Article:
Vineyard nurses vote to unionize

Thirty-one ambulatory nurses at Martha's Vineyard Hospital join union. —Eunki Seonwoo

Thirty-one ambulatory nurses at Martha’s Vineyard Hospital are now part of the state’s largest union of registered nurses and health professionals.

Massachusetts Nurses Association, or MNA, represents more than 23,000 members in 85 healthcare facilities across the commonwealth, including other nurses at the Island’s hospital.

The local nurses say they’ll now have a protected voice to bargain under the union.

Previously employed by a physician’s group that was acquired by the hospital, the ambulatory nurses were not recognized “under the existing hospital RN collective bargaining agreement” for the hospital’s other staff, Joe Markman, associate director of communications for the union, said. 

The ambulatory nurses provide 24/7 medical services to patients often experiencing mild conditions in an outpatient setting. 

The group filed to join the union May 20 with the National Labor Relations Board after the hospital denied a voluntary recognition request of unionization. 

Denial meant the union had to file a petition with the National Labor Relations Board, or NLRB, to hold a secret ballot election. The NLRB then held a hearing on the petition and arranged for an election. A mail-in election began on June 12, and ballots were counted July 2. The ambulatory nurses received a successful NLRB vote count with 22 yay votes and 4 nays.

They needed a simple majority to win, Markman said.

“Today at the NLRB in Boston, MVH ambulatory nurses won the election, enabling them to [join] the Massachusetts Nurses Association,” Robin Bagwell, one of the hospital’s ambulatory nurses, said July 2 in a statement provided by the union. “We are excited to be joining our colleagues, who are already MNA members, as we continue to provide the finest patient care in our community.”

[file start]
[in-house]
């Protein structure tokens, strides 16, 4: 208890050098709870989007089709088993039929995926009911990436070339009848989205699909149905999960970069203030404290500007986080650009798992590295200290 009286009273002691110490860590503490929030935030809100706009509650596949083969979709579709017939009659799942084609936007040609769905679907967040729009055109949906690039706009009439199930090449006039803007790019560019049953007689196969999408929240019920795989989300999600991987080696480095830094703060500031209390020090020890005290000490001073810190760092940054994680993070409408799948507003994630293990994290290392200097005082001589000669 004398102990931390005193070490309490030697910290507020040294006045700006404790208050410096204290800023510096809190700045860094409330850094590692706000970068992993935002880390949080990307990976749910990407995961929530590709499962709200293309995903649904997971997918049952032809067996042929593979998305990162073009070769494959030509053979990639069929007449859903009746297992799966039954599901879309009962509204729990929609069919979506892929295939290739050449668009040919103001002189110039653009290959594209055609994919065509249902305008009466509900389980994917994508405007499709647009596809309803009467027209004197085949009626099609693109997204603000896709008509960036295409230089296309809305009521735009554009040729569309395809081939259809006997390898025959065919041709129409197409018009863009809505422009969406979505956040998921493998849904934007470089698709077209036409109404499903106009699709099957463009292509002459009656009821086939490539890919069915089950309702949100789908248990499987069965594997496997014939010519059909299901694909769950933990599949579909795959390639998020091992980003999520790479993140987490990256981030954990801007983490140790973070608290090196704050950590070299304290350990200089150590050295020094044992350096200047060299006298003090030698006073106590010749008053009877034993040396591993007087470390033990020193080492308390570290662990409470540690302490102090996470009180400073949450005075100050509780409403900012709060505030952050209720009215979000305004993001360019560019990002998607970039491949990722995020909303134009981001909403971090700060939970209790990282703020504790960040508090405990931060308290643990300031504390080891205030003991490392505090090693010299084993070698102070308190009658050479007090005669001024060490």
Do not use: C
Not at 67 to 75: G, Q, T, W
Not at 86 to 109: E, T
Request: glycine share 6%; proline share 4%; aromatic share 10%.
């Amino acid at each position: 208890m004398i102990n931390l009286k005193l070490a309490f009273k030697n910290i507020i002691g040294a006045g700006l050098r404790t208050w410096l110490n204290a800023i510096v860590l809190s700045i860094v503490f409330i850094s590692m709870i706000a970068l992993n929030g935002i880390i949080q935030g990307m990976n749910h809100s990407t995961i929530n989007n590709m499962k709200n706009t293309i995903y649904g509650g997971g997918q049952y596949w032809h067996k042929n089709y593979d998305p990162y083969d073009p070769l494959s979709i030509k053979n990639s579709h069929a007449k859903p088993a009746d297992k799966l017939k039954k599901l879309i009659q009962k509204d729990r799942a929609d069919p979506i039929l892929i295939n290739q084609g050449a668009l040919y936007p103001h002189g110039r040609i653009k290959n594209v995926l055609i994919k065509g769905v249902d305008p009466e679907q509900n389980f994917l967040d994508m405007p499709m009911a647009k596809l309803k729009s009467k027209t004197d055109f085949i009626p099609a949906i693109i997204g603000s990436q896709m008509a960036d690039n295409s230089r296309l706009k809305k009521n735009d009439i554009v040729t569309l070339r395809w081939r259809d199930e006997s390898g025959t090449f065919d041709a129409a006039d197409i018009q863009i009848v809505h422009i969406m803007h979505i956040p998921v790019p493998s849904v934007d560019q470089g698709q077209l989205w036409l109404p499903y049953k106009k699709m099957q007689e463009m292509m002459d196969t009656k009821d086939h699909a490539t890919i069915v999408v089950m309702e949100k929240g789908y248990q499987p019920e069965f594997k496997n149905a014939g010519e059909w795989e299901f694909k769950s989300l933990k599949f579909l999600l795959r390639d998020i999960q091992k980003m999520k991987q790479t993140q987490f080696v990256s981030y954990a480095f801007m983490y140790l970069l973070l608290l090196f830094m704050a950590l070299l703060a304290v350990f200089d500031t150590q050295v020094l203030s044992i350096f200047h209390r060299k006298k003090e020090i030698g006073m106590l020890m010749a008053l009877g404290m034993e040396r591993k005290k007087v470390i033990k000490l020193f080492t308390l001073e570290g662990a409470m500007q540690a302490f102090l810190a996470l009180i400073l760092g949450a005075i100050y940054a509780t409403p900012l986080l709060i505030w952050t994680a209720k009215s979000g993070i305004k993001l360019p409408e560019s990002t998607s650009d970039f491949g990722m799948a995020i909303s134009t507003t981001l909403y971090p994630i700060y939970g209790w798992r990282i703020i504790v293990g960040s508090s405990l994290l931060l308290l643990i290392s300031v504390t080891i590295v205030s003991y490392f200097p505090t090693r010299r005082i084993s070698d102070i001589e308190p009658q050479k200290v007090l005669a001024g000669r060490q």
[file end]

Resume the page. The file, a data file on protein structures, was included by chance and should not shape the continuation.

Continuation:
In the election, the hospital, affiliated with Mass General Brigham, had the opportunity to challenge the unionization, but didn’t, Markman said.

“We recognize that this election is part of a continuing national trend among healthcare providers seeking collective bargaining through union representation,” Claire Seguin, chief nurse and the Island hospital’s vice president of operations, said in a statement to The Times. “We remain focused on providing safe, high-quality care to our community, and working collaboratively with our valued nurses.”

The ambulatory nurses will become part of the other nurses’ existing contract, but now have the ability to bargain and update provisions to include issues that are particular to them. The new bargaining unit will meld with the old unit, Markman said.

Excluding ambulatory nurses, MNA said 103 nurses at the hospital are unionized with the association, while the hospital said the number was closer to 60 employees.

Joe Markman, associate director of communications for the union, said the discrepancy is probably because 42 of those nurses work per diem.

“This means they are MNA nurses at MVH, but do not have permanent schedules like the other nurses. They pick up a certain number of shifts per schedule period,” Markman said. “The hospital may not be counting them in its roster.”